# How to solve this Yes/No query problem where we need to find the number of sets satisfying the given condition?

So let's say we have 2 people playing a game. Let the first person be $$A$$ and the second person be $$B$$. So $$A$$ guesses a number between $$1$$ and $$n$$ ( say $$x$$) and $$B$$ gives queries to $$A$$ in form of $$(L,R)$$ and $$A$$ will answer with $$Yes/NO$$ if the number exists in the interval $$(L,R)$$ both inclusive.

$$B$$ will need to ask a set of queries before he can uniquely determine the number $$x$$. So the problem is to find the number of such distinct sets of queries such that $$B$$ will be able to uniquely determine $$x$$, irrespective of what the value of $$x$$ was.

for example lets say $$n$$ is $$2$$. so the sets of queries would be,

{(1,1)}, {(2,2)}, {(1,1),(2,2)}, {(1,1),(1,2)},
{(2,2),(1,2)}, {(1,1),(2,2),(1,2)}


So the answer would be $$6$$. How do we solve this for $$n$$?

EDIT: So all I could think was the we need to basically isolate all the possible numbers from $$1$$ to $$n$$ in some way, otherwise it's not possible to uniquely determine the number. But I have no idea what to do with this information.

• Does $B$ know $n$? If so, why would he ever ask $(1,2)$? He already knows the answer to that is Yes.
– Jens
Oct 25, 2018 at 15:38
• @Jens Yes, B knows n. The question is not whether he asks (1,2) or not, it's about what set of queries would make sure that he can definitely figure out the x. Oct 25, 2018 at 18:22

This is an answer for just $$n=2$$. I'm going to write the intervals as $$[x,y]$$ for some $$x\le y$$ instead of $$(L,R)$$, since they're inclusive anyways, and queries as sequences of closed intervals. Then the set of distinct queries for $$n=2$$ is actually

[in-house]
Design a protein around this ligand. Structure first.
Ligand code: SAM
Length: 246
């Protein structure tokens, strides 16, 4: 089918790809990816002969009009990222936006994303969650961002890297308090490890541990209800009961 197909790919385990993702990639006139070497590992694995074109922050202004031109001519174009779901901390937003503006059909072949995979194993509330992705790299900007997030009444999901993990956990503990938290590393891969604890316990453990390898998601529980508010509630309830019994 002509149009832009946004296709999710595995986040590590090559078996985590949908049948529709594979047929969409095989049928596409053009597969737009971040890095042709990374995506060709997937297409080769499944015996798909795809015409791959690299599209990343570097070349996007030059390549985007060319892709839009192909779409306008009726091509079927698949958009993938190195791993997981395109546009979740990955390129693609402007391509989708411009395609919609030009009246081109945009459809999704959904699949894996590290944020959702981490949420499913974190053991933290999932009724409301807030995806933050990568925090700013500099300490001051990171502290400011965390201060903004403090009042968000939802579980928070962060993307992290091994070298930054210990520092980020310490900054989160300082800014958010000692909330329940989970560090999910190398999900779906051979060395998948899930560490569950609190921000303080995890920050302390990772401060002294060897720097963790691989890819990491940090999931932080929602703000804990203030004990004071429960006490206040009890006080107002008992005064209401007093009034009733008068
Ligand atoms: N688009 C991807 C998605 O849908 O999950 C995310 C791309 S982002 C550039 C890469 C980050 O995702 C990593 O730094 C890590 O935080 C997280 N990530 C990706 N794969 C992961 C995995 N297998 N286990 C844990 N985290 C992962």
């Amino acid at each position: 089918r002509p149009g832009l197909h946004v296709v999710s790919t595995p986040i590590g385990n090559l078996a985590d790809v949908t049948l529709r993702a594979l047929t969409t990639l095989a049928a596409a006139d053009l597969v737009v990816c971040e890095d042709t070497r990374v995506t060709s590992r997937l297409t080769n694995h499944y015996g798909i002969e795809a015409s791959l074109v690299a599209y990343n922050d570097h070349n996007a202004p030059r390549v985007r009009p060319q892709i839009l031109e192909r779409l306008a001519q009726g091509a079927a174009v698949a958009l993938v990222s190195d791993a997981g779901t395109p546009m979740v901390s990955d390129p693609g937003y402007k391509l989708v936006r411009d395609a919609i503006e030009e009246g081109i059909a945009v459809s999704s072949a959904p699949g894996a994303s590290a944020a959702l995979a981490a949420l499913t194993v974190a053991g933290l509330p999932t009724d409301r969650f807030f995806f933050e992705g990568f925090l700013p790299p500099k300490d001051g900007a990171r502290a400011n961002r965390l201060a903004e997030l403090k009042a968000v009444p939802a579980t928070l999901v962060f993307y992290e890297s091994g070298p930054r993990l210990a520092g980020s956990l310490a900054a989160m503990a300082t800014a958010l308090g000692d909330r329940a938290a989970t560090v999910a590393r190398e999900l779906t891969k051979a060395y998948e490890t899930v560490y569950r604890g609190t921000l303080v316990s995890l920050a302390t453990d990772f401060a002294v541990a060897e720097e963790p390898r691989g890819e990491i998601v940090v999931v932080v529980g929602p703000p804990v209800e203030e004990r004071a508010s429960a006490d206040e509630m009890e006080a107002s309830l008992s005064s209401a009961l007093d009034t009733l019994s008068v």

$$Q_2=\Big\{([1,1]),([2,2]),\Bigg\vert([1,1],[1,2]),([1,1],[2,2]),([1,2],[1,1]),([1,2],[2,2]),([2,2],[1,1]),([2,2],[1,2]),\Bigg\vert([1,1],[1,2],[2,2]),([1,1],[2,2],[1,2]),([1,2],[1,1],[2,2]),([1,2],[2,2],[1,1]),([2,2],[1,1],[1,2]),([2,2],[1,2],[1,1])\Big\}.$$

The vertical lines separate $$1,2,3$$-tuples. The special thing about $$n=2$$ is that you know the number after any query containing $$[1,1]$$ or $$[2,2]$$. Since the only choices for closed intervals are $$[1,1],[1,2],$$ and $$[2,2]$$, any $$2$$-tuple (and thus $$3$$-tuple) must contain either $$[1,1]$$ or $$[2,2]$$, i.e. every $$2$$ or $$3$$-tuple determines the number.

The number of $$2$$-tuples is $$3\cdot 2=6$$ and the number of $$3$$-tuples is $$3!=6$$ so $$Q_2$$ has $$2+6+6=14$$ queries.

I don't know any method for $$n>2$$. Say $$n=3$$, then you don't have the easy symmetry anymore. For $$n=3$$, assume the number is in one of the three possible pairs $$(1,2),(1,3),(2,3)$$ and by the above, $$Q_3$$ has at least $$3(12)=36$$ queries. But since there are up to $$6$$-tuples for $$n=3$$, there are more than $$36$$ queries. I'm guessing if you find a formula for $$\lvert Q_3\rvert$$, you can generalize that for a formula of $$\lvert Q_{n+1}\rvert$$ from $$\lvert Q_n\rvert$$.